Hayao Tada (多田 駿, Tada Hayao, 24 February 1882 – 16 December 1948) was a general in the Imperial Japanese Army in the Second Sino-Japanese War. A noted China expert within the Japanese military, he was a leading figure in the Trautmann mediation effort to bring a negotiated end to the war.
|Born||February 24, 1882|
Sendai, Miyagi, Japan
|Died||December 16, 1948 (aged 66)|
|Allegiance||Empire of Japan|
|Service/||Imperial Japanese Army|
|Years of service||1903–1945|
|Unit||18th Artillery Regiment|
|Commands held||China Garrison Army, IJA 11th Division, 3rd Army, North China Area Army|
Second Sino-Japanese War
|Awards||Order of the Rising Sun, Order of the Golden Kite (2nd class)|
Early military careerEdit
Tada was the second son of a former samurai retainer of Sendai Domain from Sendai, Miyagi, and was adopted by his uncle. After attending military preparatory schools, he graduated from the 15th class of the Imperial Japanese Army Academy in 1903, specializing in the artillery, and as a junior officer, served with the IJA 18th Field Artillery Regiment at the Siege of Port Arthur during the Russo-Japanese War.
He graduated from the 25th class of the Army War College (Japan) in 1913. the same year, he married a daughter of Daisaku Komoto, who was later famous for his involvement in the Huanggutun incident to assassinate Chinese warlord Zhang Zuolin. Tada served as an instructor to the Chinese National Revolutionary Army at the Beijing Military Academy from 1917 and rose to the position of senior military advisor to Chinese President Li Yuanhong. He became fluent in Mandarin Chinese and developed close personal contacts with many leading Chinese military and political figures of the time. Tada departed China on assignment to Vladivostok as part of the Siberian Expeditionary Army. From 1920 to 1923 he was an instructor at the Army Staff College, and visited the United States from July 1924 to May 1925. He returned to China from March 1926 to July 1927.In July 1927, he was promoted to colonel and resumed his post as an instructor at the Army Staff College. From March 1928, he was commander of the IJA 4th Field Artillery Regiment, and from May 1930 was chief of staff of the IJA 16th Division.
Second Sino-Japanese WarEdit
Tada returned to the Beijing Military Academy from March 1931, and was assigned to the Kwantung Army from April 1932, serving a senior military advisor to Manchukuo. He was promoted to major general in August. It has been alleged that Princess Aisin Gioro Xianyu (Yoshiko Kawashima) was his mistress. From April 1934, he was made commander of the IJA 6th Field Artillery Brigade and in August 1935 became commander in chief of the China Garrison Army. Tada was instrumental in establishing the East Hebei Autonomous Government later that year.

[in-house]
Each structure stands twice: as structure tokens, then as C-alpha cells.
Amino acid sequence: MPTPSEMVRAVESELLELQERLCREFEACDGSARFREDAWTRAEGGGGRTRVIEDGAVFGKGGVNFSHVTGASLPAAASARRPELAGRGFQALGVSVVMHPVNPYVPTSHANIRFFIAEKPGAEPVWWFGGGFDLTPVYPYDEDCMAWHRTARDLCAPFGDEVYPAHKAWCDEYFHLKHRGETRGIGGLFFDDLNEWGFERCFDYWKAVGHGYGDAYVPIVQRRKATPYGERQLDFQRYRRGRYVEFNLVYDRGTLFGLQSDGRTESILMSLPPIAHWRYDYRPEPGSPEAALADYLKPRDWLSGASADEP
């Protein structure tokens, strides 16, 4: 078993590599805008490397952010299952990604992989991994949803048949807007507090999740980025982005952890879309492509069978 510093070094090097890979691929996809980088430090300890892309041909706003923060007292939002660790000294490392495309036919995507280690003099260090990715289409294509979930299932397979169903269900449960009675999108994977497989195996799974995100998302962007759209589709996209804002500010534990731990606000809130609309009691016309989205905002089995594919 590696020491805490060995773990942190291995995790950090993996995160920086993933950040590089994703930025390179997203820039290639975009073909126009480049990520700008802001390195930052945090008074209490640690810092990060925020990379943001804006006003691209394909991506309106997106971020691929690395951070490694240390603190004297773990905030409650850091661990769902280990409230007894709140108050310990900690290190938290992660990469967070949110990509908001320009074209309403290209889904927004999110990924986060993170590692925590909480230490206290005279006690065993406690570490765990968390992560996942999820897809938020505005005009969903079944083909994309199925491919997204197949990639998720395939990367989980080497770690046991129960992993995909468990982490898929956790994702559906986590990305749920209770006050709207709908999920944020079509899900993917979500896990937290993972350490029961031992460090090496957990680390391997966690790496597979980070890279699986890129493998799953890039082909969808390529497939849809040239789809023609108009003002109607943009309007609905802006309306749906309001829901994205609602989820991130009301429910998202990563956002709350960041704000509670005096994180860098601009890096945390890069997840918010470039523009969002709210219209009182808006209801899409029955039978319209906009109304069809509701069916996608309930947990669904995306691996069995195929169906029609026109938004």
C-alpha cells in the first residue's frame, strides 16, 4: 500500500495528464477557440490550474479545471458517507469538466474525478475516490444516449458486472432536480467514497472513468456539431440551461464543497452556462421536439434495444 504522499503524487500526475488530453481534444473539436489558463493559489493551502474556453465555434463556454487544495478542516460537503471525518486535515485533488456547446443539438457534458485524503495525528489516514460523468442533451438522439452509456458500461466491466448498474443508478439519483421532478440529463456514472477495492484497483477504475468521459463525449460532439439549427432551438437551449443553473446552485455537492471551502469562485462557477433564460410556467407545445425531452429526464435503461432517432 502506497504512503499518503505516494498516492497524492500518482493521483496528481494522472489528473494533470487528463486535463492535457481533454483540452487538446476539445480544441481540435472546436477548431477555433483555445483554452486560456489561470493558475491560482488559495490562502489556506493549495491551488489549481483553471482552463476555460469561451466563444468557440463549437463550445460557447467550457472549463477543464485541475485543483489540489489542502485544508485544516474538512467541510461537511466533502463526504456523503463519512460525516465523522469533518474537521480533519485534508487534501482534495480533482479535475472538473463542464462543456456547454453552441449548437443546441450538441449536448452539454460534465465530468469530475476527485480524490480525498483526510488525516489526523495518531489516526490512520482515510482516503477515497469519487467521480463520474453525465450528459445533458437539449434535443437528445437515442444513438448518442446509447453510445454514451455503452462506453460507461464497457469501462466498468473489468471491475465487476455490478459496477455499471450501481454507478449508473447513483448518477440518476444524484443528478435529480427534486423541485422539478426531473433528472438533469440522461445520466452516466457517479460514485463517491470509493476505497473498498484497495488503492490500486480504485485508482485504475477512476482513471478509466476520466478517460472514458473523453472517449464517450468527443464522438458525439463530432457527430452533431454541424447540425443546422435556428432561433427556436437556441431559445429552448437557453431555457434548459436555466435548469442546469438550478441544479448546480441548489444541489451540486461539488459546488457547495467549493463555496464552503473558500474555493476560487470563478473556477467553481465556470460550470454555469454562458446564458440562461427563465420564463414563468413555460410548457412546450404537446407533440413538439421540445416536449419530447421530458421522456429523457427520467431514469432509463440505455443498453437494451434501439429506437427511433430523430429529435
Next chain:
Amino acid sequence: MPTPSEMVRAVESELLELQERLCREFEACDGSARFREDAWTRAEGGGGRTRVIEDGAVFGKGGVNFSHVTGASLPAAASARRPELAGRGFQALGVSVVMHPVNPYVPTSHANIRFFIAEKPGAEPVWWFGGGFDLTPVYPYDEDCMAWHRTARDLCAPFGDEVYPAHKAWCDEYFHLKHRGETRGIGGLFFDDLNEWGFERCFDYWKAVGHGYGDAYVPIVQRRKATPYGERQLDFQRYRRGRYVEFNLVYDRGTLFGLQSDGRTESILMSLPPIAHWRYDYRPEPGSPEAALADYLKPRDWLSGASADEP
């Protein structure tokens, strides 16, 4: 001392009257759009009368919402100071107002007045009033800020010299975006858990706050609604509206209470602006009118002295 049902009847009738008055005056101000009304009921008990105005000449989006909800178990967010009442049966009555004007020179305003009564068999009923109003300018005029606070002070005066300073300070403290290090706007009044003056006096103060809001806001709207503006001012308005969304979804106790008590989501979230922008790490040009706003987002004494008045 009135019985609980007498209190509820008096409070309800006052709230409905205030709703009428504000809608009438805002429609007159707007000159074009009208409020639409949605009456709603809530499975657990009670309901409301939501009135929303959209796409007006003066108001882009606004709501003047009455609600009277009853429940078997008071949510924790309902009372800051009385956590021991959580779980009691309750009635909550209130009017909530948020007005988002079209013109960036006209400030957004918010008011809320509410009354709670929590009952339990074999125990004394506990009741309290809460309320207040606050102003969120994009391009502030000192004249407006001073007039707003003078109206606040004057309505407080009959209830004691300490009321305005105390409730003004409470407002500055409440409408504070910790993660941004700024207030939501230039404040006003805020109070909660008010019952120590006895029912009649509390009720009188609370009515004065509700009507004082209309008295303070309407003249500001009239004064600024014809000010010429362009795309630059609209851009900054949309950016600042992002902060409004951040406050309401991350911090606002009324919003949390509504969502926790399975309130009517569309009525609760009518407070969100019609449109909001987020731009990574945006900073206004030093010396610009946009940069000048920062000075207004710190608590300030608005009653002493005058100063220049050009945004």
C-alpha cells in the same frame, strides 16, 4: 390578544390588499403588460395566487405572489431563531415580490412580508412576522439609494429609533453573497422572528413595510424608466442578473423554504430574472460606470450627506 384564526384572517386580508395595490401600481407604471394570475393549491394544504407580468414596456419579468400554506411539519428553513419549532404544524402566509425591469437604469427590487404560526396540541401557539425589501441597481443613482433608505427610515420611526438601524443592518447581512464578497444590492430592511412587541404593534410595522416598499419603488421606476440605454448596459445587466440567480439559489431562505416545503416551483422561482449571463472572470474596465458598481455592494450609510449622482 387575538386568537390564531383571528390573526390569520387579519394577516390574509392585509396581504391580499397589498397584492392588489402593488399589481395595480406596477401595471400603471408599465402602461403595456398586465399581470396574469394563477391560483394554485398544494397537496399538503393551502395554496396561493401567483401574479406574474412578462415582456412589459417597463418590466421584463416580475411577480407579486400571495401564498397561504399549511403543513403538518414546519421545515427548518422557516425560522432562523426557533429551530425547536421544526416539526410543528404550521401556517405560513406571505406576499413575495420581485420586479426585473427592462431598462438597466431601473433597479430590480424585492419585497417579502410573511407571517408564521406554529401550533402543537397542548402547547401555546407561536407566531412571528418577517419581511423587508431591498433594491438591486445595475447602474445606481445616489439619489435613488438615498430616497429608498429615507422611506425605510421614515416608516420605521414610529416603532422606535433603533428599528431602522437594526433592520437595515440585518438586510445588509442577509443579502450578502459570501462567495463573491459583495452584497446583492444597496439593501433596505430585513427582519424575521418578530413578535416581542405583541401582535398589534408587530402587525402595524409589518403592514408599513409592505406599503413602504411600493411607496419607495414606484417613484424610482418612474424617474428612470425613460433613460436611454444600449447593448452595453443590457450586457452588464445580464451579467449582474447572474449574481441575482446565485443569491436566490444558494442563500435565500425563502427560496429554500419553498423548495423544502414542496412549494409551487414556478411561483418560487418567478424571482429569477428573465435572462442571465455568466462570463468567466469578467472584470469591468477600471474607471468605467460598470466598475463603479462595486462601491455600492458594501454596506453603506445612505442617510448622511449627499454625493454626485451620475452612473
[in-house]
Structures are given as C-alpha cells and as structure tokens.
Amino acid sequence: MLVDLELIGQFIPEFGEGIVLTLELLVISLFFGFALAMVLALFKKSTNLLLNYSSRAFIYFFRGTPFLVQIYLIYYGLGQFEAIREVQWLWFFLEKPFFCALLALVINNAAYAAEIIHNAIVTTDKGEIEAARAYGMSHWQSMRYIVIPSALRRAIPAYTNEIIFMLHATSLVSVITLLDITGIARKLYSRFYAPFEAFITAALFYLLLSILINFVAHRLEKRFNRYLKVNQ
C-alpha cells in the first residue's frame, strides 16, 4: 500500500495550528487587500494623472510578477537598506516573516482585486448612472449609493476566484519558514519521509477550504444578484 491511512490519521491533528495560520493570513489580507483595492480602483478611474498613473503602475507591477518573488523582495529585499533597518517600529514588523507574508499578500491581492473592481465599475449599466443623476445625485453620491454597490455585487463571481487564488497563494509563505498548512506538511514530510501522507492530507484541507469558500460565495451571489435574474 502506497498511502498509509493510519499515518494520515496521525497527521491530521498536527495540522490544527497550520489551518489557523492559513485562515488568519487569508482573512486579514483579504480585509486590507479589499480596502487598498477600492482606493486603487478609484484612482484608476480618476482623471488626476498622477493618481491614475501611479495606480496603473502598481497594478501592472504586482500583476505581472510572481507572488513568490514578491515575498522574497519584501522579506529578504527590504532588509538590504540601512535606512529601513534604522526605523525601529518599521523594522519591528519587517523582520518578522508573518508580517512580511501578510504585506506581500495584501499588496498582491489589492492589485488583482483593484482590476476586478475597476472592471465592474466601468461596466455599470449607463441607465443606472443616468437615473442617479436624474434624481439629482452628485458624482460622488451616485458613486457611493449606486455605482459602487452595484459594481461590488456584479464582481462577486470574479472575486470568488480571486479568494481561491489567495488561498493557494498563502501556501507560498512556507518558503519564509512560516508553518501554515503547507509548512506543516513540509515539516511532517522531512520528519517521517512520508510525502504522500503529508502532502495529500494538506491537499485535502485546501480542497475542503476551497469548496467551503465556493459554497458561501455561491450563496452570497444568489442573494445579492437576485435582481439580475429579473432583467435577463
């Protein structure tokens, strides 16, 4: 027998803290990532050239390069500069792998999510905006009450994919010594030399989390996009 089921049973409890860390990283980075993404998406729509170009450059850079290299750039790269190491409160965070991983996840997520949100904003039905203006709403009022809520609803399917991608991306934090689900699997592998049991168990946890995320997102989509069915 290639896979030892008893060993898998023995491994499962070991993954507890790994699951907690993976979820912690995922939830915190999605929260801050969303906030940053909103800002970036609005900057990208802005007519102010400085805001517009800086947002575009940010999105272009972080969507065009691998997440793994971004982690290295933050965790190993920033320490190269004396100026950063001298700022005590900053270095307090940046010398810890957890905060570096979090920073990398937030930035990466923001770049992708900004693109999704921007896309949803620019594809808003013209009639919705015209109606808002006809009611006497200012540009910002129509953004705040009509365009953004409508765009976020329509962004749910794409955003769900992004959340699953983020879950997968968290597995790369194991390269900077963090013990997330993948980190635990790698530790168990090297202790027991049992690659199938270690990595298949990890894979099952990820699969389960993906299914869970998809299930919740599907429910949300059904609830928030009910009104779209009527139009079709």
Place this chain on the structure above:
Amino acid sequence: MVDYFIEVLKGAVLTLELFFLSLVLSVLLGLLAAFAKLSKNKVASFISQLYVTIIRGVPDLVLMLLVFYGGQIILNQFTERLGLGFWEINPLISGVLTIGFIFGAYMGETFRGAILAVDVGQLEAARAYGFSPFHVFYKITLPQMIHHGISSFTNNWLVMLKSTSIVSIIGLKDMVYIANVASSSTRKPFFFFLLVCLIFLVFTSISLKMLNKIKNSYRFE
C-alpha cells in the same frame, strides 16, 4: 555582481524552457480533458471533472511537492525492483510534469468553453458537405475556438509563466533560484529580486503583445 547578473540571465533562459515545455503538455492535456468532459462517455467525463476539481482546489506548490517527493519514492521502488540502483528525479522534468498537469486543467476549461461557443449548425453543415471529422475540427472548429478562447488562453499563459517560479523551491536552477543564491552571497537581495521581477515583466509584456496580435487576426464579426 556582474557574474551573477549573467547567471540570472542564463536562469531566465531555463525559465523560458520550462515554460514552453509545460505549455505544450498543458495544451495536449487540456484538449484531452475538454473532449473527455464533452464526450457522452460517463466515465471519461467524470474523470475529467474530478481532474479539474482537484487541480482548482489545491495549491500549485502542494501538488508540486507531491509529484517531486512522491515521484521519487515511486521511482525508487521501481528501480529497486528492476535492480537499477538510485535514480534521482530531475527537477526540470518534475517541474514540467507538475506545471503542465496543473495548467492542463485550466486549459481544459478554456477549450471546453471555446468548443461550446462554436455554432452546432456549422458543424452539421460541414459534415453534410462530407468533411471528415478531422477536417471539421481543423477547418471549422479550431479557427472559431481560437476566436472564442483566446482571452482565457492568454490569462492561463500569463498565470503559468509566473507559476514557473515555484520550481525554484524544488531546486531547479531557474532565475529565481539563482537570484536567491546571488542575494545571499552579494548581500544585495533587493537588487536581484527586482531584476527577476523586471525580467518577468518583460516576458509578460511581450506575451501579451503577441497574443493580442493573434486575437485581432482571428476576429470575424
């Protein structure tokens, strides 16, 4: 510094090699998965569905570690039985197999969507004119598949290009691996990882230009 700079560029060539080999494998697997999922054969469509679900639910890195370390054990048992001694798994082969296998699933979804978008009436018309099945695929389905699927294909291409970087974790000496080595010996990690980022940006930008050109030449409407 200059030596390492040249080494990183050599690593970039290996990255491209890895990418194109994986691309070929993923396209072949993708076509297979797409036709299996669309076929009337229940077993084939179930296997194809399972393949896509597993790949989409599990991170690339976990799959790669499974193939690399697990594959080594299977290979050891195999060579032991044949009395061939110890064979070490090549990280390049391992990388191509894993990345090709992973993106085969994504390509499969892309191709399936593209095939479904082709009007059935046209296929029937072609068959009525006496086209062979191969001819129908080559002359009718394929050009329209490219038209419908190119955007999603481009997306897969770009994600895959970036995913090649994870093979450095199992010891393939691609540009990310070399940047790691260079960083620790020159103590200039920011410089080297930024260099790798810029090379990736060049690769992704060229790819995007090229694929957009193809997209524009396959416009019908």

Tada was promoted to lieutenant general in April 1936 and assumed command of the IJA 11th Division in May 1936. With the outbreak of the Second Sino-Japanese War, he was recalled to Japan in August 1937 to become Vice Chief of the Imperial Japanese Army General Staff. He concurrently held the post of Commandant of the Army Staff College.
After the Marco Polo Bridge Incident, Tada attempted to contact Kuomintang leader Chiang Kai-shek to defuse tensions between Japan and China in an effort at mediation sponsored by the German Ambassador to China, Oskar Trautmann. Tada argued that both countries faced the same external threat from the Soviet Union and internal threat from communism, and should not waste precious resources fighting one another; however, Tada's efforts were overruled by Prime Minister Fumimaro Konoe, Army Minister Hajime Sugiyama, Navy Minister Mitsumasa Yonai and Foreign Minister Kōki Hirota, all of whom berated Tada for attempting to effect private diplomacy.
Tada returned to China in December 1938 as commander of the IJA Third Army and in September 1939, he was promoted to commander of the North China Area Army. He was awarded the German Grand Cross of Order of the German Eagle in January 1940, and the Japanese Order of the Golden Kite, 2nd class in July 1941, and was promoted to full general. He retired from active military service two months later and moved to Tateyama, Chiba for the remainder of the war.
After the surrender of Japan, Tada was placed under home arrest by the SCAP occupation authorities. He was charged with "Class A" war crimes, and was called as a witness for the prosecution against Iwane Matsui, Seishiro Itagaki, and Kenji Dohihara. Despite his position as a prosecution witness, he asserted the legitimacy of Japan's position in China. He died of his stomach cancer at his home in Tateyama on 18 December 1948, before the end of the trial. It was revealed a week after his death that all charges against him had been dropped.
- Dorn, Frank (1974). The Sino-Japanese War, 1937-41;: From Marco Polo Bridge to Pearl Harbor. MacMillan. ISBN 0-02-532200-1.
- Fukagawa, Hideki (1981). (陸海軍将官人事総覧 (陸軍篇)) Army and Navy General Personnel Directory (Army). Tokyo: Fuyo Shobo. ISBN 4829500026.
- Dupuy, Trevor N. (1992). Encyclopedia of Military Biography. I B Tauris & Co Ltd. ISBN 1-85043-569-3.
- Hata, Ikuhiko (2005). (日本陸海軍総合事典) Japanese Army and Navy General Encyclopedia. Tokyo: St. Martin's Press. ISBN 4130301357.
|Wikimedia Commons has media related to Hayao Tada.|
- Ammenthorp, The Generals of World War II
- 『官報』「敍任及辭令」January 24, 1940
| Commander, China Garrison Army
Aug 1935– May 1936
| Commander of IJA 11th Division
May 1936-August 1937
| Commander of 3rd Army
December 1938-September 1939
| Commander, North China Area Army
September 1941 – July 1941